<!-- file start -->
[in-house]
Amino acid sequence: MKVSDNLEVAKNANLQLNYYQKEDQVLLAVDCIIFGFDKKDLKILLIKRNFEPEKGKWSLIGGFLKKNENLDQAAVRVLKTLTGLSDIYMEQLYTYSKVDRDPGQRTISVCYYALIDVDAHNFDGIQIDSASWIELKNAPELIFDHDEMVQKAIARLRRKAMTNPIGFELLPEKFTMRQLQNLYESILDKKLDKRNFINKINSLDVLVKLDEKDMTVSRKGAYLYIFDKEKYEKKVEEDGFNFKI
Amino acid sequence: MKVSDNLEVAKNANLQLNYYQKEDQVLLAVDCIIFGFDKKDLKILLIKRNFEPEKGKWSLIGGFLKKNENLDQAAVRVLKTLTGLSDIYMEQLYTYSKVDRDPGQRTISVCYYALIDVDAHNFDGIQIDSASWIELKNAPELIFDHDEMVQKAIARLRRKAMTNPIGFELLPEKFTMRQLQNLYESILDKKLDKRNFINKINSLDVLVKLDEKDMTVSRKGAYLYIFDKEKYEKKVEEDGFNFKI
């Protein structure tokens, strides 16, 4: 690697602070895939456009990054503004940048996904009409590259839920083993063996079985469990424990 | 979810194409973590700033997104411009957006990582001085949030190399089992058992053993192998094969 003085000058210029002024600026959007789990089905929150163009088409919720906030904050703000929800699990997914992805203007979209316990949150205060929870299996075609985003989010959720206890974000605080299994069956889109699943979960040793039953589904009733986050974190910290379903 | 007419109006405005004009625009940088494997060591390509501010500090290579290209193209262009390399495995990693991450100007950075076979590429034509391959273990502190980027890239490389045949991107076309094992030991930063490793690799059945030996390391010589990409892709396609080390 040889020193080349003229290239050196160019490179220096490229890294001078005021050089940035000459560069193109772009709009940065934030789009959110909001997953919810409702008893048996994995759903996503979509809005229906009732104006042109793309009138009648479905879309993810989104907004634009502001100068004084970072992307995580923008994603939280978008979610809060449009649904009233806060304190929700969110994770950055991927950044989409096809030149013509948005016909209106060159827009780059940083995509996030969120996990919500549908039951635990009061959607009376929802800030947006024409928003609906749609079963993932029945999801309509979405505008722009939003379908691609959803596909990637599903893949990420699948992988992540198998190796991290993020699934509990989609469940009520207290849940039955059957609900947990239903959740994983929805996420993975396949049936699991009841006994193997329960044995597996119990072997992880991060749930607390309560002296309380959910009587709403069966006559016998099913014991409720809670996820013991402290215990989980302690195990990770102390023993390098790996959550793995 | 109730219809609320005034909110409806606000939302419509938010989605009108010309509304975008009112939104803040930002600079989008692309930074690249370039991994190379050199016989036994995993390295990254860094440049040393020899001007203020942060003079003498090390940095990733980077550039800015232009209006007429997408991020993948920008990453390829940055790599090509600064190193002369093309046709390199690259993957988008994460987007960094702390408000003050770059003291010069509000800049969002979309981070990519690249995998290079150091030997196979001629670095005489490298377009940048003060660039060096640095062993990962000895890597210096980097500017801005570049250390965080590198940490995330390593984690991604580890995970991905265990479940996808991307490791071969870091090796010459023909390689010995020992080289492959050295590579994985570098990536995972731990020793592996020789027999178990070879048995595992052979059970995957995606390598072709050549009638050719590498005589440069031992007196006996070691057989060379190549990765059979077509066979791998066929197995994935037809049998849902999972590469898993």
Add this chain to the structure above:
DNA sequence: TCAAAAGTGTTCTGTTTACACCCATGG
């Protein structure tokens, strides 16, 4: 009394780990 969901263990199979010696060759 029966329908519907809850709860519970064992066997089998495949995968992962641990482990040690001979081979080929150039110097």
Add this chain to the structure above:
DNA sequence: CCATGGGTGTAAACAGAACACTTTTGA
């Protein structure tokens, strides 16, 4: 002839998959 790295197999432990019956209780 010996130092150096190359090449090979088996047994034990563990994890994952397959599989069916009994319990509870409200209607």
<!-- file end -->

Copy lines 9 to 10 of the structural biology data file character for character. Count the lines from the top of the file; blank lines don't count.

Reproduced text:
DNA sequence: CCATGGGTGTAAACAGAACACTTTTGA
């Protein structure tokens, strides 16, 4: 002839998959 790295197999432990019956209780 010996130092150096190359090449090979088996047994034990563990994890994952397959599989069916009994319990509870409200209607």